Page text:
3. Water and air regulation, purification, conservation and retention through: filtration strips, enhancing pasture management, dry litter livestock management system, reforesting catchments, bunds, seepage areas, rills, terraces, living fences; in riparian zones: enhancing mangroves and wetland production systems, e.g. taro patches, redirecting road run-off, cover crops, building “constructed wetlands”, retention ditches, check dams.
  4. Greenhouse gas mitigation by mitigating non-point source pollution, conservation cover and prescribed grazing.
  5. Fire mitigation through fire breaks, dense plantings of succulent plants, catchment with pump stations, reduction of fire load
  6. Contributions to customs, first harvest to elders, donations to widows, etc.

Organic agriculture
Organic agriculture seems particularly suited for enhancing ecosystem services. It provides many ecosystem services through its philosophy, culture, orientation, practices and prohibitions.

Organic agriculture's use in the provision of ecosystem services offers much potential. Some particularly promising examples are given below:

  1. Incorporation of legumes in crop rotations, alley crops, cover crops, riparian zones and inoculation of soil/crops of beneficial organisms. This may be done by the collection, multiplication, and dissemination of open pollinated land races of legumes, inoculums of beneficial indigenous organisms and corresponding extension efforts funded through duty on imported seeds, plants and organisms.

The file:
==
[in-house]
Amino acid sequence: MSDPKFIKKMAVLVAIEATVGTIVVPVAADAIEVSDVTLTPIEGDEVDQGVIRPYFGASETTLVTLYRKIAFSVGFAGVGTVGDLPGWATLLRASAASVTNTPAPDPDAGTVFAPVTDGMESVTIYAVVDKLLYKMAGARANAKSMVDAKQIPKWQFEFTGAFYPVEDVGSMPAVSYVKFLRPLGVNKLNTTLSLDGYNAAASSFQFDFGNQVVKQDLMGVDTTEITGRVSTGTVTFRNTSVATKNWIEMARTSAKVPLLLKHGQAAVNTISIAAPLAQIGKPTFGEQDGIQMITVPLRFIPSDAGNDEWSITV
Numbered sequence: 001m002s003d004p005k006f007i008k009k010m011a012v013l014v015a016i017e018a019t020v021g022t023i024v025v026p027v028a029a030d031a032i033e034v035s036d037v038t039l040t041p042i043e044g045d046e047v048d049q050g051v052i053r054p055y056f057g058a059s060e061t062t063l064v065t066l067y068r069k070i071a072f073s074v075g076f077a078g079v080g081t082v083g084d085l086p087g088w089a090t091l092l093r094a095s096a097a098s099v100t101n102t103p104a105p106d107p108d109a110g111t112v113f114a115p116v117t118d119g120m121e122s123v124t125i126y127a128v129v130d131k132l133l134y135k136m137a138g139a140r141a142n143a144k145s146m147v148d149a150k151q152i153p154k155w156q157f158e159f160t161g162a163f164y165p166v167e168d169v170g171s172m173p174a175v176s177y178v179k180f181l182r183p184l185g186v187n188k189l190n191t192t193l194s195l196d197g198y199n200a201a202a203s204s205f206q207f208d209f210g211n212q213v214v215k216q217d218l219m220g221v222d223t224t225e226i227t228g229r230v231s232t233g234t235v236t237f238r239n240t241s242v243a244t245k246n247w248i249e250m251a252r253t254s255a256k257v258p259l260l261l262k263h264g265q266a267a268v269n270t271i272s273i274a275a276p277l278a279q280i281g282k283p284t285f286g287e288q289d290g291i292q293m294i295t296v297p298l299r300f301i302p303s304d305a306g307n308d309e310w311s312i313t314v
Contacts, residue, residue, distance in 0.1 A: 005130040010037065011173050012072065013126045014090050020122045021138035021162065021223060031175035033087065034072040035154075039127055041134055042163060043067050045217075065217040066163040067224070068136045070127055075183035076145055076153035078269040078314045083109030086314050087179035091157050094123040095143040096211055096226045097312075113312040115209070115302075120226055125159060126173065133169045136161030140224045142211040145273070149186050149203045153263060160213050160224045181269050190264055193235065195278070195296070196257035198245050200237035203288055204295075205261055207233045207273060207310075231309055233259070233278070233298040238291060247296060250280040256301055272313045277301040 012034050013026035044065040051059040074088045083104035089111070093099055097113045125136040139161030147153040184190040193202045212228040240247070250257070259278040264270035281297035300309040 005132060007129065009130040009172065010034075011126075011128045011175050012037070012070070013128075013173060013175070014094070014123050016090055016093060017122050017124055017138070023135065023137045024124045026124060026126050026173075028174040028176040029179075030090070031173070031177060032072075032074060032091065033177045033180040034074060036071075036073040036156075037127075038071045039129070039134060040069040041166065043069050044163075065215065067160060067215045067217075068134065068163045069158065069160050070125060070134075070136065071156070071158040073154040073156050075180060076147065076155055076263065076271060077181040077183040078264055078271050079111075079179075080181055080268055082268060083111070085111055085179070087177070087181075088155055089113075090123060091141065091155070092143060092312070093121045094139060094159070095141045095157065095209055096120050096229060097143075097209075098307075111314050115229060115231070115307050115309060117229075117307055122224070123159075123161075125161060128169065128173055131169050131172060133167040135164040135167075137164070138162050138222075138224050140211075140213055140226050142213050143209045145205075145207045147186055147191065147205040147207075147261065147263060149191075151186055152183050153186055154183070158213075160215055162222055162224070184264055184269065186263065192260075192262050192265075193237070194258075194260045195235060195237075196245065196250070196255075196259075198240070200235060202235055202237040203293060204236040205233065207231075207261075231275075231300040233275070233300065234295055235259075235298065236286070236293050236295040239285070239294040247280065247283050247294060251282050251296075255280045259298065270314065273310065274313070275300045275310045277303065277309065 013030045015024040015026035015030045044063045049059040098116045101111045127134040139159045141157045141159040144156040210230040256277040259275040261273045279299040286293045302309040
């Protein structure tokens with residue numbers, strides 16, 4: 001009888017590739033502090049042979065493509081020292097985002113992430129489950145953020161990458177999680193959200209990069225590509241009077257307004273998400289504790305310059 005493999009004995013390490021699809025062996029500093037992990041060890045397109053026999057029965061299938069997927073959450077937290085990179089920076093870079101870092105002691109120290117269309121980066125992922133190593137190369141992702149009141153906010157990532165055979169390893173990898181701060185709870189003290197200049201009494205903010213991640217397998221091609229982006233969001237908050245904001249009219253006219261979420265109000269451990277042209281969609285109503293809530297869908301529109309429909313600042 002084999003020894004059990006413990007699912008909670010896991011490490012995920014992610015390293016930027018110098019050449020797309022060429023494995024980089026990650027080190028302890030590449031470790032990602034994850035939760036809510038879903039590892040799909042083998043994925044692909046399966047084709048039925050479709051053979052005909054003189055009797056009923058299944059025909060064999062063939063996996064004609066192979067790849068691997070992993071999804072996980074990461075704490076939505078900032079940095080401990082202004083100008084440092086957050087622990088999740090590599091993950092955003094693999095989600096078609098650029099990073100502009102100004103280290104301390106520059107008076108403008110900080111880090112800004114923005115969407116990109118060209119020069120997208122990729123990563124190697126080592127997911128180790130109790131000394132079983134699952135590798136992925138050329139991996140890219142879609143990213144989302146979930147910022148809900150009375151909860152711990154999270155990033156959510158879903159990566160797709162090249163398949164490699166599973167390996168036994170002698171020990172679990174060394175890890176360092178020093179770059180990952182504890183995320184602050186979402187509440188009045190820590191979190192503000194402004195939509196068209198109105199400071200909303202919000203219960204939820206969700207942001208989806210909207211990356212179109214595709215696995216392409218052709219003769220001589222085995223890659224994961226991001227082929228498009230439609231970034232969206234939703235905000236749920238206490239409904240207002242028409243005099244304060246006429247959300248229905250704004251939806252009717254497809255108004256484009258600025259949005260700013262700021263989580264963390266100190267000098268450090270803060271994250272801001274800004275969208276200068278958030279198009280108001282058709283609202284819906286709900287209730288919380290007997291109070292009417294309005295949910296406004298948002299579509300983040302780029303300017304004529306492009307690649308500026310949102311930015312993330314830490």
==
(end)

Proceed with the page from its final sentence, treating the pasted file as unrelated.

2. Local production of farm inputs through an incentive programme including technical, financial, management and marketing assistance and five-year tax holiday funded through a duty on imported synthetic agrochemicals and fines for possession and utilization of prohibited substances.
  3. Water harvesting and water conservation through on-farm, on-school, on-university and community health centre modelling of water harvesting and water conservation practices funded through voluntary contributions from commercial water bottlers, commercial soda bottlers and breweries.
  4. Mulching through on-farm, on-school, onuniversity, community health centre modelling of various forms of mulching (e.g. lasagna and deep layer) and mulching materials (e.g. cardboard, palm leaves) funded by duties on plastic and other nonorganic packaging and pallets.
  5. Multi-level composting through on-farm, on-school, on-university and community health centre modelling of composting plus establishment and implementation of composting facilities (such as in the Cook Islands) at hamlet, village, municipal and national levels funded through levies on solid waste.
  6. Diversification in species, varieties and patron base, i.e. the people served and products (especially value added, certified and geographic/culturally identified) through an incentive programme for this diversification including technical, financial, management and marketing assistance funded through duty placed on imported foods which may be produced locally.